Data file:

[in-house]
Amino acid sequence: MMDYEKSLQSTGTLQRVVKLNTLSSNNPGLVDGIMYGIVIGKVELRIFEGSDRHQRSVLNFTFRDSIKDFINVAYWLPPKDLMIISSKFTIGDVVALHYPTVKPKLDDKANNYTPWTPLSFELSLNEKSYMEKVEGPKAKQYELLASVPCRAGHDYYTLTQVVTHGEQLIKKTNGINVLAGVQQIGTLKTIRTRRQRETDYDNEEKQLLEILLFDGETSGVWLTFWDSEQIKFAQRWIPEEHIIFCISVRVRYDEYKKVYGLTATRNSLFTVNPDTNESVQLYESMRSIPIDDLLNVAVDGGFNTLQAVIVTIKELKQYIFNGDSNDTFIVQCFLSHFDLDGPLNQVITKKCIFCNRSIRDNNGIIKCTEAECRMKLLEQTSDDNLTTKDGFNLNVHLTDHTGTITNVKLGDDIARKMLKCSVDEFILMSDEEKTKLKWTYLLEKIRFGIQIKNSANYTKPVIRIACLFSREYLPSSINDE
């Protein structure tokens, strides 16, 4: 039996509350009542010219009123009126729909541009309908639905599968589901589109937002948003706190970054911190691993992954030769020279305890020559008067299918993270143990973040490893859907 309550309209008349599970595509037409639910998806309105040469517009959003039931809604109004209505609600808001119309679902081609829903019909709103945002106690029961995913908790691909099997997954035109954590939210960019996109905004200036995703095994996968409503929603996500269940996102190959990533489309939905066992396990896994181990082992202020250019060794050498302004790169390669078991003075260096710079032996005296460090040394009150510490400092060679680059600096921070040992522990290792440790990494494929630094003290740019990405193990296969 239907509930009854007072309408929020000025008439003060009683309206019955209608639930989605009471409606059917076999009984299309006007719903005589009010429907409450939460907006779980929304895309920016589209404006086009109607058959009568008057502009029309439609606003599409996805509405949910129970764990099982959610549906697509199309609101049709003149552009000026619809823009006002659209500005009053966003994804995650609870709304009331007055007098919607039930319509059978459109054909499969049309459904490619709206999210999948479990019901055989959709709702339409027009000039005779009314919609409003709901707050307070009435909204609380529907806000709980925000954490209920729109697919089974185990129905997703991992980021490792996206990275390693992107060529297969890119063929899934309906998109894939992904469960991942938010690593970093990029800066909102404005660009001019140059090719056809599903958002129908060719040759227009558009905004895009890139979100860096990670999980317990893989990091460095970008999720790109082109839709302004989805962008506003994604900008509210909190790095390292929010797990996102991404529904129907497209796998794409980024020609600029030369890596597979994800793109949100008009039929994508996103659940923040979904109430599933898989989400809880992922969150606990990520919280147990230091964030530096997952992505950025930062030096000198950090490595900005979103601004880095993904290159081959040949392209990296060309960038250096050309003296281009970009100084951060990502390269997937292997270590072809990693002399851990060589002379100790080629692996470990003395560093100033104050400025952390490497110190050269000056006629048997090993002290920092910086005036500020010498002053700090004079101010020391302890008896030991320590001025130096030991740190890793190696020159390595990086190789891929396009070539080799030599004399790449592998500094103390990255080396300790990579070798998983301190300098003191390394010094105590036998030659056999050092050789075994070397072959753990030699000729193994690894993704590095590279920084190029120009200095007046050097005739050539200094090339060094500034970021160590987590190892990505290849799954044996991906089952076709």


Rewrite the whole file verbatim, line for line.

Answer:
[in-house]
Amino acid sequence: MMDYEKSLQSTGTLQRVVKLNTLSSNNPGLVDGIMYGIVIGKVELRIFEGSDRHQRSVLNFTFRDSIKDFINVAYWLPPKDLMIISSKFTIGDVVALHYPTVKPKLDDKANNYTPWTPLSFELSLNEKSYMEKVEGPKAKQYELLASVPCRAGHDYYTLTQVVTHGEQLIKKTNGINVLAGVQQIGTLKTIRTRRQRETDYDNEEKQLLEILLFDGETSGVWLTFWDSEQIKFAQRWIPEEHIIFCISVRVRYDEYKKVYGLTATRNSLFTVNPDTNESVQLYESMRSIPIDDLLNVAVDGGFNTLQAVIVTIKELKQYIFNGDSNDTFIVQCFLSHFDLDGPLNQVITKKCIFCNRSIRDNNGIIKCTEAECRMKLLEQTSDDNLTTKDGFNLNVHLTDHTGTITNVKLGDDIARKMLKCSVDEFILMSDEEKTKLKWTYLLEKIRFGIQIKNSANYTKPVIRIACLFSREYLPSSINDE
């Protein structure tokens, strides 16, 4: 039996509350009542010219009123009126729909541009309908639905599968589901589109937002948003706190970054911190691993992954030769020279305890020559008067299918993270143990973040490893859907 309550309209008349599970595509037409639910998806309105040469517009959003039931809604109004209505609600808001119309679902081609829903019909709103945002106690029961995913908790691909099997997954035109954590939210960019996109905004200036995703095994996968409503929603996500269940996102190959990533489309939905066992396990896994181990082992202020250019060794050498302004790169390669078991003075260096710079032996005296460090040394009150510490400092060679680059600096921070040992522990290792440790990494494929630094003290740019990405193990296969 239907509930009854007072309408929020000025008439003060009683309206019955209608639930989605009471409606059917076999009984299309006007719903005589009010429907409450939460907006779980929304895309920016589209404006086009109607058959009568008057502009029309439609606003599409996805509405949910129970764990099982959610549906697509199309609101049709003149552009000026619809823009006002659209500005009053966003994804995650609870709304009331007055007098919607039930319509059978459109054909499969049309459904490619709206999210999948479990019901055989959709709702339409027009000039005779009314919609409003709901707050307070009435909204609380529907806000709980925000954490209920729109697919089974185990129905997703991992980021490792996206990275390693992107060529297969890119063929899934309906998109894939992904469960991942938010690593970093990029800066909102404005660009001019140059090719056809599903958002129908060719040759227009558009905004895009890139979100860096990670999980317990893989990091460095970008999720790109082109839709302004989805962008506003994604900008509210909190790095390292929010797990996102991404529904129907497209796998794409980024020609600029030369890596597979994800793109949100008009039929994508996103659940923040979904109430599933898989989400809880992922969150606990990520919280147990230091964030530096997952992505950025930062030096000198950090490595900005979103601004880095993904290159081959040949392209990296060309960038250096050309003296281009970009100084951060990502390269997937292997270590072809990693002399851990060589002379100790080629692996470990003395560093100033104050400025952390490497110190050269000056006629048997090993002290920092910086005036500020010498002053700090004079101010020391302890008896030991320590001025130096030991740190890793190696020159390595990086190789891929396009070539080799030599004399790449592998500094103390990255080396300790990579070798998983301190300098003191390394010094105590036998030659056999050092050789075994070397072959753990030699000729193994690894993704590095590279920084190029120009200095007046050097005739050539200094090339060094500034970021160590987590190892990505290849799954044996991906089952076709």